Remoteness or proximity to urban services also explains the large variation in village performances—with some of the project villages retaining up to 76% of the donated cows, whereas in others only 23% of the livestock were still alive. Reasons for these huge differences among project villages are based on the relative distance to agricultural markets as well as access to services. Here, the performance of respective LFAWs and AITs proved critical. LFAWs and AITs were supposed to work in close partnership with government institutions, both to avoid competition and to benefit from each other's expertise. AITs were also supposed to be equipped by the DoAH with cooling devices in which to store animal semen in liquid nitrogen.
The rationale behind this intervention was to provide remote mountain households with localized basic animal health care and the means for livestock reproduction at the village level. This was in a context where the earthquake damaged most of the government's animal health centers. In the whole of the Neelum Valley, only 2 understaffed and ill-equipped centers were functioning as the only providers of veterinary services. Thus, the intervention was meant to enhance the sustainability of the restocking project as a whole. Each of the selected 37 individuals was assigned a certain area, which usually included a number of adjacent villages where no veterinary services were available. This allowed the workers to minimize mobility efforts and enabled households to access the new services without great effort.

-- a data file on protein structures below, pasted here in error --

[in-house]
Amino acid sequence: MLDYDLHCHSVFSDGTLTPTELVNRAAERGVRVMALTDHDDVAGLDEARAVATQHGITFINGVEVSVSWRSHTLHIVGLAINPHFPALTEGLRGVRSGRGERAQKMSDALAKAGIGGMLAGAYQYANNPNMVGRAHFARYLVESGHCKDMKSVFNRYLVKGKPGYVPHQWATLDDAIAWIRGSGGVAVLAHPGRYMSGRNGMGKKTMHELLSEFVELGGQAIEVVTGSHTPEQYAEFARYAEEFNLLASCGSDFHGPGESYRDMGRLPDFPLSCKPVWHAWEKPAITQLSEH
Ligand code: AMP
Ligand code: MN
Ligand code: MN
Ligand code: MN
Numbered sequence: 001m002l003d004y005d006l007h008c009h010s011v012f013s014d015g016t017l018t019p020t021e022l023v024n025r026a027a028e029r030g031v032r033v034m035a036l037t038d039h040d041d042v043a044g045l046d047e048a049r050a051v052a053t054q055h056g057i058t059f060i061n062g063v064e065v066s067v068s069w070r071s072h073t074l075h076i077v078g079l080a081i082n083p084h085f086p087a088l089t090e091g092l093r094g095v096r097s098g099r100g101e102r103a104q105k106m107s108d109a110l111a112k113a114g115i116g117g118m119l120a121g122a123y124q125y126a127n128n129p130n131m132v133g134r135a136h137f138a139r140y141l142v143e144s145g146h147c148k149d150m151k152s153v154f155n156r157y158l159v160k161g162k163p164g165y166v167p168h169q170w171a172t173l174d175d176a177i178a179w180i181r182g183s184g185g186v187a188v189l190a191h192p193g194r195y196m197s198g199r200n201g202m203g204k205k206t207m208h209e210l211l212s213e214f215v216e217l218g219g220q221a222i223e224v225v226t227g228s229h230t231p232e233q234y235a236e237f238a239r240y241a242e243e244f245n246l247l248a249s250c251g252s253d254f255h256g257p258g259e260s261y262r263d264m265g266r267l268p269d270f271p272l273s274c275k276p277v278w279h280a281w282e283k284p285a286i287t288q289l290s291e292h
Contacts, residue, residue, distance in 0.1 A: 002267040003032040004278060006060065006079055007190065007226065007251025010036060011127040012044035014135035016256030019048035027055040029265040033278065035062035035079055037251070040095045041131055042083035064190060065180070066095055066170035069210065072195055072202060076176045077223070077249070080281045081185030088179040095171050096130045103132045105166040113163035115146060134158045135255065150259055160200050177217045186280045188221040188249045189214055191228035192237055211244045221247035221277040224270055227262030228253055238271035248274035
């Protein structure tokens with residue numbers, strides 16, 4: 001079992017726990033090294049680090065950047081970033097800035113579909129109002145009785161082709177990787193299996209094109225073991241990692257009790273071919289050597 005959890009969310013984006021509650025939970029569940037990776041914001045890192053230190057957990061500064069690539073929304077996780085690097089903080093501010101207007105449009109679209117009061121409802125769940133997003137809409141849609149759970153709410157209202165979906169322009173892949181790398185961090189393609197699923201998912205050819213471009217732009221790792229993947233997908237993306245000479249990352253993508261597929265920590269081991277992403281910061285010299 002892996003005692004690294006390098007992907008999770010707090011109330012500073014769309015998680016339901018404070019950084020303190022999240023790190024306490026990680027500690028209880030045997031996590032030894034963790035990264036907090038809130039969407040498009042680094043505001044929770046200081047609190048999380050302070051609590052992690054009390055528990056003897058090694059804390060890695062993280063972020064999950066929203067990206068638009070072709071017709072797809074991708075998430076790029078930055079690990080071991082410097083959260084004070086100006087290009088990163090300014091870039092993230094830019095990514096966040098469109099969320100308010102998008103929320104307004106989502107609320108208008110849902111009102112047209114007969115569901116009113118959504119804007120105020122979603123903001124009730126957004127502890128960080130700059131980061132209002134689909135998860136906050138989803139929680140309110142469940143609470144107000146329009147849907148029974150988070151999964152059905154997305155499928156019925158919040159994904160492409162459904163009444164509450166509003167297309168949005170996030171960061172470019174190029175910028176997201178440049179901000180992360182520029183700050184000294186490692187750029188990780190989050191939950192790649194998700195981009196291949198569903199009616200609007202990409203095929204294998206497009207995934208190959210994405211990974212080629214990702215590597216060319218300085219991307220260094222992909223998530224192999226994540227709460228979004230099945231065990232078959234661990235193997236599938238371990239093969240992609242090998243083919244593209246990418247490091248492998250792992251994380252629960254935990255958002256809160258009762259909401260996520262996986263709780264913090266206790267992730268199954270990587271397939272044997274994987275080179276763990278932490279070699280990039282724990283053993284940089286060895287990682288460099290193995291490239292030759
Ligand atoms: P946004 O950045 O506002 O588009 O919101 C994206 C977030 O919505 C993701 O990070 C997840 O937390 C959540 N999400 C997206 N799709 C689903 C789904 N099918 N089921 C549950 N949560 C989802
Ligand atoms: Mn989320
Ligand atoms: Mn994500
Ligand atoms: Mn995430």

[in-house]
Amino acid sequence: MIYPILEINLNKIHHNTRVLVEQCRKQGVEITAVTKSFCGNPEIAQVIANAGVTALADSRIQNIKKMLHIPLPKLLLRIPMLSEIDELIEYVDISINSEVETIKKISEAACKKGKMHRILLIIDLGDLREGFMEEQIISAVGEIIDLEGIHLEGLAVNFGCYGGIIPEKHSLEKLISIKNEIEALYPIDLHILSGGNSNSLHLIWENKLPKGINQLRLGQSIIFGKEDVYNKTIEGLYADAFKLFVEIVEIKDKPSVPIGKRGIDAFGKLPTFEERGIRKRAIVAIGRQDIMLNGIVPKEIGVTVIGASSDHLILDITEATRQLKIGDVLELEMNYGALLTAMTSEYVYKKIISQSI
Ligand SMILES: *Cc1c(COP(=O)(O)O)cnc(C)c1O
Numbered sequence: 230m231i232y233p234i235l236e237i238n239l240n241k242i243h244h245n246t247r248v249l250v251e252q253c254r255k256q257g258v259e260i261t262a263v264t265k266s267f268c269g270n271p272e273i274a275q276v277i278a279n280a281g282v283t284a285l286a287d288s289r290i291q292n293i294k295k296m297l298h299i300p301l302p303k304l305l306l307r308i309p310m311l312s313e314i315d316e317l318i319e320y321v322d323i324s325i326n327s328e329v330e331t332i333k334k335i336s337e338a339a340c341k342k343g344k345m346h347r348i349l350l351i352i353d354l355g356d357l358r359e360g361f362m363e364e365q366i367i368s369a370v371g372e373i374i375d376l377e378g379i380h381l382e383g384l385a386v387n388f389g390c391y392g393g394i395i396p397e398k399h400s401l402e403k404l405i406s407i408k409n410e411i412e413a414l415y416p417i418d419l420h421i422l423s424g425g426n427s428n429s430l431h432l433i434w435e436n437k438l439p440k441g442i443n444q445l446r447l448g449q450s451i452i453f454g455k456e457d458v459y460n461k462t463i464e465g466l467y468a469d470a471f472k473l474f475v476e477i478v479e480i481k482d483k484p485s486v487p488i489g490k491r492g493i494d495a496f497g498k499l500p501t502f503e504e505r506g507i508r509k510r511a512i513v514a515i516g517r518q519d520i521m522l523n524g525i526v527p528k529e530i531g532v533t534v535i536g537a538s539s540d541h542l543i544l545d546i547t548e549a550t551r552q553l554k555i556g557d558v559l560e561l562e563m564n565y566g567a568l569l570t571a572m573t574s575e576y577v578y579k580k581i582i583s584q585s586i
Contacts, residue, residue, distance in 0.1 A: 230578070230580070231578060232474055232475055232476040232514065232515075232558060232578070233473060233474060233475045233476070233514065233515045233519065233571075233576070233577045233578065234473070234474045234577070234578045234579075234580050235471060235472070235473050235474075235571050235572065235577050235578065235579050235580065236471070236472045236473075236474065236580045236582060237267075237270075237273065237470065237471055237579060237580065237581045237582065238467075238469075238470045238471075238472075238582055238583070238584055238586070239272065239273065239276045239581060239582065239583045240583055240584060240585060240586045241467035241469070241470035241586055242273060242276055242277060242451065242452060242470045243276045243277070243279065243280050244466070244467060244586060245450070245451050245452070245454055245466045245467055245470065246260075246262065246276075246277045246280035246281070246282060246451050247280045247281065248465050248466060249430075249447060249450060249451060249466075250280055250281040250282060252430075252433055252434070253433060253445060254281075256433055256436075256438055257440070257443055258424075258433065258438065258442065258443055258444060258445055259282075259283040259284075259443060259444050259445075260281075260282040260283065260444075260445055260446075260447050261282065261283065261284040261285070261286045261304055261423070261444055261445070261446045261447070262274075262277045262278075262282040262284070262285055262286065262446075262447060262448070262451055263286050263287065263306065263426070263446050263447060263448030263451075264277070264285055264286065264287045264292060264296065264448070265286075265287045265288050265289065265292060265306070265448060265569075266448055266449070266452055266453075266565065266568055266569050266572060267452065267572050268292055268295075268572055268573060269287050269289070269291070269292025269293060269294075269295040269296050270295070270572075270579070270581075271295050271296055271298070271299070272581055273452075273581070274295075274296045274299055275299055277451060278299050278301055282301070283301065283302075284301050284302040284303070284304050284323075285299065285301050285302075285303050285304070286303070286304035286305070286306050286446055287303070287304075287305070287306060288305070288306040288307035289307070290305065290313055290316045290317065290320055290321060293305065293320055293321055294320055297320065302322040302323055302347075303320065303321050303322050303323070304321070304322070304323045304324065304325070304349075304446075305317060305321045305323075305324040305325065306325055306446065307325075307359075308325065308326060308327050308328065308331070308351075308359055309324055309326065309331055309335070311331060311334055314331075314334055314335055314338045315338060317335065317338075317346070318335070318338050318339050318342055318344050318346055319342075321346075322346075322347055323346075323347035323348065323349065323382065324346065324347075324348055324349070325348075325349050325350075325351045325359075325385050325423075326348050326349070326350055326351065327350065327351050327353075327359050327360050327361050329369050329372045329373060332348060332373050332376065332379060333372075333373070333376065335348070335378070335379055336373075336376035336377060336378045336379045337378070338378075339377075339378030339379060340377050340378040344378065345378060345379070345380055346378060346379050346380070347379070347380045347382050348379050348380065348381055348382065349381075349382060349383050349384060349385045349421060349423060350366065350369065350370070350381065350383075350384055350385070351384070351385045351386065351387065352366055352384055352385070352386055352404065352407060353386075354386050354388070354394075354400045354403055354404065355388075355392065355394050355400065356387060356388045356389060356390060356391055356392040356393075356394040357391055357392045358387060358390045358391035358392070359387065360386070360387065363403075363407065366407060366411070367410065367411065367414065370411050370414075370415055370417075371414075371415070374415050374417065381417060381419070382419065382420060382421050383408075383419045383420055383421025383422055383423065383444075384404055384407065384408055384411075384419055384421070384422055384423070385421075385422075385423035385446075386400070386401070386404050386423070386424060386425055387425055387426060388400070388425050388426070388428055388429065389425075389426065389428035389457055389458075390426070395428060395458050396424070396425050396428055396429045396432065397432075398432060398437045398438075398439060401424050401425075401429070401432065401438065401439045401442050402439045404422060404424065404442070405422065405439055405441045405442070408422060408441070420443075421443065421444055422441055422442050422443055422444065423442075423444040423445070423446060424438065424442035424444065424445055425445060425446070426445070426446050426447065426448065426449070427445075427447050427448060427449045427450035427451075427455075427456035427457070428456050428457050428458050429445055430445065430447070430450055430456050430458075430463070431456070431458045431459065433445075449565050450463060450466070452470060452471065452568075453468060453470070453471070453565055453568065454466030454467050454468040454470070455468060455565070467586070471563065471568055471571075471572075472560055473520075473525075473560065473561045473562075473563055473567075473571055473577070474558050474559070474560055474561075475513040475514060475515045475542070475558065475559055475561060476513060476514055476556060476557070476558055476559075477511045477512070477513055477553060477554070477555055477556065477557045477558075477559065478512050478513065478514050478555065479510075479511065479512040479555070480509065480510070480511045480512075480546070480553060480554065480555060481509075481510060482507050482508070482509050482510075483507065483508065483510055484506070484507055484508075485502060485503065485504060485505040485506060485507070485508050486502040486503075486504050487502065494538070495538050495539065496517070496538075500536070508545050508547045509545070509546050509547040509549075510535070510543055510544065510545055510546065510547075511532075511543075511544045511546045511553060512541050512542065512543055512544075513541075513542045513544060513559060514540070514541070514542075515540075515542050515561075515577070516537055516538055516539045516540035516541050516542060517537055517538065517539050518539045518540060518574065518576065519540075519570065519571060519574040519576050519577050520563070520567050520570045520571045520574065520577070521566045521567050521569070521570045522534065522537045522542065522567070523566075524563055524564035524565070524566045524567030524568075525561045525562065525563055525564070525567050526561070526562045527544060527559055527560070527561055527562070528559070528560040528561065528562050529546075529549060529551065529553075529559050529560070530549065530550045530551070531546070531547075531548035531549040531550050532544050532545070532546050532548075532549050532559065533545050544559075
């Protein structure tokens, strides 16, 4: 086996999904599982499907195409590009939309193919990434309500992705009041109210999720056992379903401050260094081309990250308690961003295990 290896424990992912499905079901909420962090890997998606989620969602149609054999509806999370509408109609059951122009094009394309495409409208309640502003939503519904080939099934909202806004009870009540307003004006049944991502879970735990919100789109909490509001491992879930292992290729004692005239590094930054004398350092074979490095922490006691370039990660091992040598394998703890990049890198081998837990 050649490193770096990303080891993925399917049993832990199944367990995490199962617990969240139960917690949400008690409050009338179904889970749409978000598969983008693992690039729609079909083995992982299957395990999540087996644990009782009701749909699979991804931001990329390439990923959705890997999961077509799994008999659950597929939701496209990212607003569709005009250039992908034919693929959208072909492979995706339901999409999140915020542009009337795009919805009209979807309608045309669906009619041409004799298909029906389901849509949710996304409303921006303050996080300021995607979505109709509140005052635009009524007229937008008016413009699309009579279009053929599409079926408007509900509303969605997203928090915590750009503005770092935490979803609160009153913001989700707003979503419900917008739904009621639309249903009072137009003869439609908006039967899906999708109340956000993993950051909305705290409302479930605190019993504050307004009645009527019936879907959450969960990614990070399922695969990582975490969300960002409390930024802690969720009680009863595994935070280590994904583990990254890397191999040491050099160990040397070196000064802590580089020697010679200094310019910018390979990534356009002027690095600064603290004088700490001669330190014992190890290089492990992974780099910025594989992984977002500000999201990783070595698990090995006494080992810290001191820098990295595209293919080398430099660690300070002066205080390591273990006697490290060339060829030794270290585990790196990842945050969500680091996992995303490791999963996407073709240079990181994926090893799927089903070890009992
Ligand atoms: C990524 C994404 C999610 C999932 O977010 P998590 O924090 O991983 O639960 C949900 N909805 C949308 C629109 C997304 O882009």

However, internal and external constraints limited the performance of these workers, as follows.
Competition with government veterinary services increased over time. Although this constraint was addressed during implementation through a prior understanding with relevant government institutions, practice shows that many LFAWs and AITs, in particular, faced problems after government services resumed their work on a larger scale. This was particularly the case because these services, where existent, could be offered at a cheaper price. Thus, especially in less remote areas, LFAWS and AITs left their new profession quickly.